Thousands could get sick as Covid-19 crisis deepens

Thousands could get sick as Covid-19 crisis deepens
A women wearing a mask to protect against Coronavirus on Patrick Street yesterday. 

As the Department of Health confirmed another 54 cases of coronavirus in Ireland last night, Taoiseach Leo Varadkar warned that some 15,000 virus infections were expected by the end of the month.

People around the country are getting to grips with the new reality of life, with around 140,000 people nationally laid off due to measures taken in relation to the coronavirus outbreak.

Mr Varadkar said: "Tens of thousands of people will be laid off and we will see unemployment rising again to a level we haven't seen in 13 or 14 years.

"I want to say to those people who have lost their jobs, support is there for you, whether you're unemployed or self-employed."

Mr Varadkar said the Government will work to ensure people who have lost their jobs can pay their mortgages and rent.

The Government has recommended that all citizens should avoid non-essential overseas travel until March 29 in a bid to prevent the spread of the coronavirus. Tánaiste Simon Coveney told a press briefing in Dublin that the Government’s advice against all non-essential movement out of the Republic includes Britain but not the North.

“Distinguishing between countries is increasingly difficult because of the rapid pace of the spread of the virus,” said Mr Coveney. “We don’t want Irish people stranded in different parts of the world and Europe unable to get home.”

A man wearing a mask to protect against Coronavirus on Patrick Street, Cork.	Picture: Dan Linehan
A man wearing a mask to protect against Coronavirus on Patrick Street, Cork. Picture: Dan Linehan

Meanwhile, Brian Smith a medical equipment supplier, told The Echo that suppliers are finding it impossible to source ventilators and that demand for nebulisers has increased ten-fold in recent weeks.

A nebuliser is a machine that assists a person in breathing in a medicine as a mist through a mask or a mouthpiece while ventilators are machines that pump oxygen into the lungs of patients with acute respiratory difficulties, when they cannot breathe on their own. They are seen as a vital piece of equipment in the fight against Covid-19.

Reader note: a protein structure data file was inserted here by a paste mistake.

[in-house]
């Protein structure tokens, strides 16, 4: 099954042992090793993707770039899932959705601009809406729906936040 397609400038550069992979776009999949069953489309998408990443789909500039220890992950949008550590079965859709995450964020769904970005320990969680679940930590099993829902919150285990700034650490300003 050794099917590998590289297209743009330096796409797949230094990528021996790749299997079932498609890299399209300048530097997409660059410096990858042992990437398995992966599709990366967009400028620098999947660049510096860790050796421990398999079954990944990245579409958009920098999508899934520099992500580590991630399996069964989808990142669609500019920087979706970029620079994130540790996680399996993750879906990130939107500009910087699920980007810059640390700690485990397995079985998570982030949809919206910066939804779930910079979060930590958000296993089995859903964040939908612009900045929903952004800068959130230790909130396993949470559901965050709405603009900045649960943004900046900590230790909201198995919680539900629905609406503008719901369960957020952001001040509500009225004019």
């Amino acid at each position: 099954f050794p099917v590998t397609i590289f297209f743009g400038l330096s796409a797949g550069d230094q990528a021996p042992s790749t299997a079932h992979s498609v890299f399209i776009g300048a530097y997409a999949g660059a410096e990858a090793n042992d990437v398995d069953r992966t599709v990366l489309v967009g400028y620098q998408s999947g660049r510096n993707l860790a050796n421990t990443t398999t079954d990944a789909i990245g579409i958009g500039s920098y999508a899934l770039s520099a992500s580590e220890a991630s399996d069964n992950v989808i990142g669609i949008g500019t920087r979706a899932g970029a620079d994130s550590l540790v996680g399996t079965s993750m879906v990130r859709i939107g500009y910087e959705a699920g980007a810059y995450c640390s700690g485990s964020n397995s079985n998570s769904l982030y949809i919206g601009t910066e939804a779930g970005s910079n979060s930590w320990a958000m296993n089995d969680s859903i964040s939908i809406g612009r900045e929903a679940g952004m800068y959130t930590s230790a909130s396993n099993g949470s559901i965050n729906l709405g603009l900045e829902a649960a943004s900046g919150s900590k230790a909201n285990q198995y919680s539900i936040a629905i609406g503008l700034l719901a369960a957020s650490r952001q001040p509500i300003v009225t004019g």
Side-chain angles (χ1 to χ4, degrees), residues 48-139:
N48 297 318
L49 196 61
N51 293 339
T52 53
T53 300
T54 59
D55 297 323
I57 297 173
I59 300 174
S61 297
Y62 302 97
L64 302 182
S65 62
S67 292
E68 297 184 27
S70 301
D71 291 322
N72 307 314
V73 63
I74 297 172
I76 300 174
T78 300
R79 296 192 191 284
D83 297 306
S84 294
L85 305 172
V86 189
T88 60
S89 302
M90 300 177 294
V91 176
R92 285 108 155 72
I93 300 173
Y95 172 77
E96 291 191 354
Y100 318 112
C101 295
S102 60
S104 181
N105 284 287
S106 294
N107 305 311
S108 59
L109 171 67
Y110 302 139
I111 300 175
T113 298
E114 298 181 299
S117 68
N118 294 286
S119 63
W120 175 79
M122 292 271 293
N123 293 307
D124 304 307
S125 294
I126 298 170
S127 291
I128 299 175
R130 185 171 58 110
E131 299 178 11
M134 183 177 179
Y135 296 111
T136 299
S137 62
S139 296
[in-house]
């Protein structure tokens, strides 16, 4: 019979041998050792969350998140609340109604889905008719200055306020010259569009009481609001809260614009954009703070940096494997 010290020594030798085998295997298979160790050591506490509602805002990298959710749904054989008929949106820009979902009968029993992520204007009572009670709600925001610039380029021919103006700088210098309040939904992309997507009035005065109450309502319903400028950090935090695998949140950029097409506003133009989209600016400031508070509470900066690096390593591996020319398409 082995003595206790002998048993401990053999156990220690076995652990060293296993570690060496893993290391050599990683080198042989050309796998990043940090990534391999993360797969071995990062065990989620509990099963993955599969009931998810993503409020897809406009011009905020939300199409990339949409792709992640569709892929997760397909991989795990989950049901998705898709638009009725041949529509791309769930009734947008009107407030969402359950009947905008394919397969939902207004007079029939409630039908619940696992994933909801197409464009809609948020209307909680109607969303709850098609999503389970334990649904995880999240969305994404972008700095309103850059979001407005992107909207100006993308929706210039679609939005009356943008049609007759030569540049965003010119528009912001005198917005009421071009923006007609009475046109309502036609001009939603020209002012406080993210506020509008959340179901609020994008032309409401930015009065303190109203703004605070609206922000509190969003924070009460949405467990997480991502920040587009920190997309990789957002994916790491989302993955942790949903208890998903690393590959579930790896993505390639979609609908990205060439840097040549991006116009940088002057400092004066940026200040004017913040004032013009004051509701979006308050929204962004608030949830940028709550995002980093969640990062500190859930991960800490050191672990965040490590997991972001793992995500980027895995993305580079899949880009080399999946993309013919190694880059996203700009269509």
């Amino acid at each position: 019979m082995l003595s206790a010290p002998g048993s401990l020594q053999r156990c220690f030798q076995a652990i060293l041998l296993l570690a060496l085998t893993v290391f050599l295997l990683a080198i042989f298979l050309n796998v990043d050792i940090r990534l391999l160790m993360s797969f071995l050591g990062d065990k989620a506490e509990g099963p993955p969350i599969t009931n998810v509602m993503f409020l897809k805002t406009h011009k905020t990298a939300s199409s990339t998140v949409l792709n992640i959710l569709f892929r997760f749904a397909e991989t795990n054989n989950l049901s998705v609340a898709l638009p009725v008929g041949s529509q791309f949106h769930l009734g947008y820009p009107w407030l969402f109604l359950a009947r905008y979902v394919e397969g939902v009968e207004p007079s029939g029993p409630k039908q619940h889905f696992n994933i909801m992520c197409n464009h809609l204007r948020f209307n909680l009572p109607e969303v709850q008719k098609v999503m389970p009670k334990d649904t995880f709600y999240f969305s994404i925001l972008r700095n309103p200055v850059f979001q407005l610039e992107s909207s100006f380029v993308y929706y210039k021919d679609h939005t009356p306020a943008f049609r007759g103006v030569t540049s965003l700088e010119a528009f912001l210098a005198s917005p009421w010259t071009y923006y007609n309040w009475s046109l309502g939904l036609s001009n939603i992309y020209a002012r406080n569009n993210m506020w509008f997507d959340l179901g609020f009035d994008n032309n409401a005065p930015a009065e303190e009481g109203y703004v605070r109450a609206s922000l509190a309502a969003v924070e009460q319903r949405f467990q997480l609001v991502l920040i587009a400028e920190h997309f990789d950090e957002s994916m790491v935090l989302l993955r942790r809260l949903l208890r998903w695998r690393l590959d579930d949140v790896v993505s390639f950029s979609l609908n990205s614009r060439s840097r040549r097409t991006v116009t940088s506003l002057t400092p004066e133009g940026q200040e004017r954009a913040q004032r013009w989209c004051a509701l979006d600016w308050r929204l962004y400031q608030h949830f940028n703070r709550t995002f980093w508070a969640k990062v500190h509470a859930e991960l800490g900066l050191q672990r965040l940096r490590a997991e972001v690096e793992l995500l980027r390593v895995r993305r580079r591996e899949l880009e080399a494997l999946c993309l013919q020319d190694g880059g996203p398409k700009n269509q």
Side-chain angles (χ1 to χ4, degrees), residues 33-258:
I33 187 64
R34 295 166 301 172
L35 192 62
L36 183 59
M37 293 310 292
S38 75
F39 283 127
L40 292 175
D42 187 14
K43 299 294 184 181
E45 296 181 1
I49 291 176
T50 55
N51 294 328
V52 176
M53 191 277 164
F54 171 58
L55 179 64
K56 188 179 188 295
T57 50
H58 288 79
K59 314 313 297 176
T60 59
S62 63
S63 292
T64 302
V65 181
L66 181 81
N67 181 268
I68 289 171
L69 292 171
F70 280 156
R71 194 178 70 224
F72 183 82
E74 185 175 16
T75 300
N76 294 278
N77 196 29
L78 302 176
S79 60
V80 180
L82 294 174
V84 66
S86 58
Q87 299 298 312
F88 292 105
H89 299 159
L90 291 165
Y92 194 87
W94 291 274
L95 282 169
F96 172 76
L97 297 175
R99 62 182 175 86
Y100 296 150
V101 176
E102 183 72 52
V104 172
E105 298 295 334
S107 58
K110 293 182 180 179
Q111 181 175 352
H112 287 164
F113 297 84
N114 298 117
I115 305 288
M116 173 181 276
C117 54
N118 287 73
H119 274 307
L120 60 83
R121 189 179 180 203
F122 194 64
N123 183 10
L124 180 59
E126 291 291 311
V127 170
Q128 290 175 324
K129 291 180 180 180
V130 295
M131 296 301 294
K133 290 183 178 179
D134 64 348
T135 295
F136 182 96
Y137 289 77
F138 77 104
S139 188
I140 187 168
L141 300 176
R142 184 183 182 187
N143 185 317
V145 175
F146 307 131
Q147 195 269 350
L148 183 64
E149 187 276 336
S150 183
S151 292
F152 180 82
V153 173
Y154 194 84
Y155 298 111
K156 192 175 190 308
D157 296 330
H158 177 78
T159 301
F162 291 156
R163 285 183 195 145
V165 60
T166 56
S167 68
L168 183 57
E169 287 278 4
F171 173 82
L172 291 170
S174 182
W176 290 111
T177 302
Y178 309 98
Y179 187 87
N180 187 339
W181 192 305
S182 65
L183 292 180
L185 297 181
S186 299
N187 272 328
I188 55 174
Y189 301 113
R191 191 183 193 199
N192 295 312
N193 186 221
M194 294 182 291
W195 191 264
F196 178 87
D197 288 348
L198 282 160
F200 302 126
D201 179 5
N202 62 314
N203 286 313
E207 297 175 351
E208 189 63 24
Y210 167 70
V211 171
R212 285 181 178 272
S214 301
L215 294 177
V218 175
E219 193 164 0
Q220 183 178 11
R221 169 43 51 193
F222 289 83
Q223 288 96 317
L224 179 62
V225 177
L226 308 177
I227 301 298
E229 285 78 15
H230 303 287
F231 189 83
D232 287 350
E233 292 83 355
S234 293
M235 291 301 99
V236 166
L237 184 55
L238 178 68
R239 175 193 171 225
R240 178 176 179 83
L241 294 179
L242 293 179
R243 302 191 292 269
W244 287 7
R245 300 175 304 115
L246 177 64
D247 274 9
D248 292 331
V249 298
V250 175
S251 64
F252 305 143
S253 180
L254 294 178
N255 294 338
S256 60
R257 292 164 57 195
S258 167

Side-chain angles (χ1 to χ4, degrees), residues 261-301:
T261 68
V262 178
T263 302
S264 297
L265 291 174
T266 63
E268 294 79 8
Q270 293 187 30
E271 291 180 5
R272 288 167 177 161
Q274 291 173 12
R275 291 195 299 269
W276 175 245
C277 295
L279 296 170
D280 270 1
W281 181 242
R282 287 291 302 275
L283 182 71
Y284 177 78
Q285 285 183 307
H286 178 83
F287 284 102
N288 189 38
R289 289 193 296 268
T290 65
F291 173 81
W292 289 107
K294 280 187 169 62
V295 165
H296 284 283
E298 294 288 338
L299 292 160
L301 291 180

Governments across Europe have intensified their efforts to source this equipment as hospitals prepare for an increase in Covid-19 cases.

The HSE will not disclose the number of ventilators in the Irish system but it told The Irish Times that it had purchased an additional 12 portable ventilators and 60 intensive care unit (ICU) ventilators.

Speaking to The Echo, Mr Smith said that his company has been “slammed” with requests for equipment.

“Nebulisers are the first form of defence,” he said . Ventilators are then used when people are unable to breathe on their own.

“We can’t get ventilators anywhere and the demand for nebulisers now is 10 times what we would normally see.

“Ventilators are used when things are extreme, and hospitals in Ireland have never had to deal with this amount of extreme cases.

“It hasn’t gotten to the stage where a lot of people need them in Ireland yet, but there is a worry that it will.”

The pandemic has reduced the number of patients on trolleys in hospitals across Cork and Ireland, with figures from the Irish Nurses and Midwives Organisation showing that just 35 patients were left waiting for a hospital bed across Ireland yesterday.

Cork University Hospital which can expect to see more than 30 patients on trolleys on most days, had no patients waiting for a bed yesterday, while the Mercy had just two.

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